I wanted a guide to this library that wasn't specific to game maps, so I wrote one using ObservableHQ. In doing so I realized there were a lot of things that I hadn't figured out yet, because I hadn't needed them for my projects. The biggest hole was that I needed to figure out how to handle the (literal) edge cases: the convex hull, where triangles don't have neighbors, voronoi cells are incomplete, and you run into weird cases. In my own code I had eliminated these edge cases by using ghost elements: I surround the map with extra triangles and edges that “wrap around” the back of the map, so that it no longer has edge cases. For a general purpose guide though, I had to explain how to handle them. So that took a lot of sketches on paper and tests with code. Even then, every few days I would find a simpler way of handling them. Hours and hours I spent on simplifying 5 lines of code.

Delaunator uses half-edges

ObservableHQ is interesting. It makes exploratory pages easier to implement. The main feature I liked is that automatic dependency tracking, which I previously wrote about here. It's structured as an array of cells, and each cell know which other cells it depends on, like a spreadsheet. Unlike a spreadsheet, the cells can contain Markdown or HTML or SVG or Canvas, so that you can write a document with them. It was great for iteration, but it wasn't how I wanted to deliver the final product, so I switched to raw HTML + SVG.

One of the tricks I used for the guide was to show the code that was running on the page. I wanted to show sample code, but I also wanted to use that sample code to create the diagrams. The trick is to realize that the <script> tag is an HTML tag like any other. You can style it. By default it's hidden with display:none but you can change that to display:block, and it will show on the page! The sample code on the page uses <script> instead of <pre>.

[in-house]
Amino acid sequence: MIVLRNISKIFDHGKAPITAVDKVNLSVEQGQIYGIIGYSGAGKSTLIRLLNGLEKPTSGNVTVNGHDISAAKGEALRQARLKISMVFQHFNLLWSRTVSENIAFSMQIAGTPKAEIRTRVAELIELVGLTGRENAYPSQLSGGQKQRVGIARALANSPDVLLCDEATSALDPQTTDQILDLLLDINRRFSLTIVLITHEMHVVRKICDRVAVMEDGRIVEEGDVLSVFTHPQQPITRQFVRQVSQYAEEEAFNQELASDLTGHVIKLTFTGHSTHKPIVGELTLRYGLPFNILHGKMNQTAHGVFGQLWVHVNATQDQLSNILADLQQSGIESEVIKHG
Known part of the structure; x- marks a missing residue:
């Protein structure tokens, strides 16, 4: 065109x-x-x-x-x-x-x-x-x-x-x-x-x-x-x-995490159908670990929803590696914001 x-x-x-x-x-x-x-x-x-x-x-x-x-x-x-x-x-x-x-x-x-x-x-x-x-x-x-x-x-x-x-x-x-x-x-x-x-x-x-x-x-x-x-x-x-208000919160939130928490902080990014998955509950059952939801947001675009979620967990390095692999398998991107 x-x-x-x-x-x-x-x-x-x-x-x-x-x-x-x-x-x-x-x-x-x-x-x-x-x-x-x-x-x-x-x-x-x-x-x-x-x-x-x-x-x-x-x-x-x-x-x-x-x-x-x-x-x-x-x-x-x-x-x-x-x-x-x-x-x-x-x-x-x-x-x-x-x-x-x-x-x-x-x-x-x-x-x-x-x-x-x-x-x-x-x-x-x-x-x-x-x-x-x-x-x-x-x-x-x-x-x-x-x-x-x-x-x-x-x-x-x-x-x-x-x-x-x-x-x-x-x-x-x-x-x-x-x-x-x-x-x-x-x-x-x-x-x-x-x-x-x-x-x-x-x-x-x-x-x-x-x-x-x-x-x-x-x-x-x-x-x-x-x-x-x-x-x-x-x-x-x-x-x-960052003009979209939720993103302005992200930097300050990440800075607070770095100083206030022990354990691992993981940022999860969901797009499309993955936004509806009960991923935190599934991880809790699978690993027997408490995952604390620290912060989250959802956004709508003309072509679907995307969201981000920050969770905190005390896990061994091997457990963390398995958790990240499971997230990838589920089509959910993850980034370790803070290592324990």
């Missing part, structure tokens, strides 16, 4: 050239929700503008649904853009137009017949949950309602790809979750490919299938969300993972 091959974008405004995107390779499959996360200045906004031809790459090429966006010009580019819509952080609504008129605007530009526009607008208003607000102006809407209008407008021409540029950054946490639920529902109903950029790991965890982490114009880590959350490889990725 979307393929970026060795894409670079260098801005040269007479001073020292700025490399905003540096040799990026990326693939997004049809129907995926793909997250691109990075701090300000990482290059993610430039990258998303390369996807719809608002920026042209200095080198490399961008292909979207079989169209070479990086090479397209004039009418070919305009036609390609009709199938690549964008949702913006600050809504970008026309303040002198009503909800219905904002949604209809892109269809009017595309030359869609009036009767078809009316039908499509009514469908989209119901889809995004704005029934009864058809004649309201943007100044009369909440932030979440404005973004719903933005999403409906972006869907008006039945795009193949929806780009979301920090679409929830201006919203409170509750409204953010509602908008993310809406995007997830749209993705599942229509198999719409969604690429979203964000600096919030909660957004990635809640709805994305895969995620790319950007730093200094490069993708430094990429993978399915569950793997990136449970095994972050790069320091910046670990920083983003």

You can see the guide here. At some point I'd like to get it integrated into the main Delaunator project page.

How does this fit in with my overall goals?

  1. I want to continue my experiments, but I also want to get back to making non-experimental output.
  2. I want to continue making interactive diagrams, but I'm less convinced that everything has to be interactive.

I think the next natural step after this is to explain how to use Delaunay+Voronoi for game maps. But my experience with this page reminded me that there's lots I probably don't realize I don't know. So I'm going to take a detour and actually produce game maps with these data structures, and then I'll be sure I actually know how to do it. I can write up the algorithms after I make sure they work. You can see what I'm working on on Trello.

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Modifying spelling

Back in 2016 I started a mini-project to play with neural networks. I concluded that the approach I used didn't give me enough control over the procedural generation. I wanted to revisit the project and focus on word manipulation (the problem I wanted to solve) instead of neural networks (the tool I was learning). Over the past week I read a lot, played with some code, and learned more about English. I tried modifying the spelling of existing words. Example:

Four skore and seven yirz ago our fatherz brougt forth on this kontinent, a noo nation, konceived in Liberty, and dedikated too the propozition that all men are kreated ekual.

I wrote up the results, including an interactive demo and instructions for compiling and using the software and dataset I found. I don't know what I will do with this, but it was interesting and I hope it's useful to someone.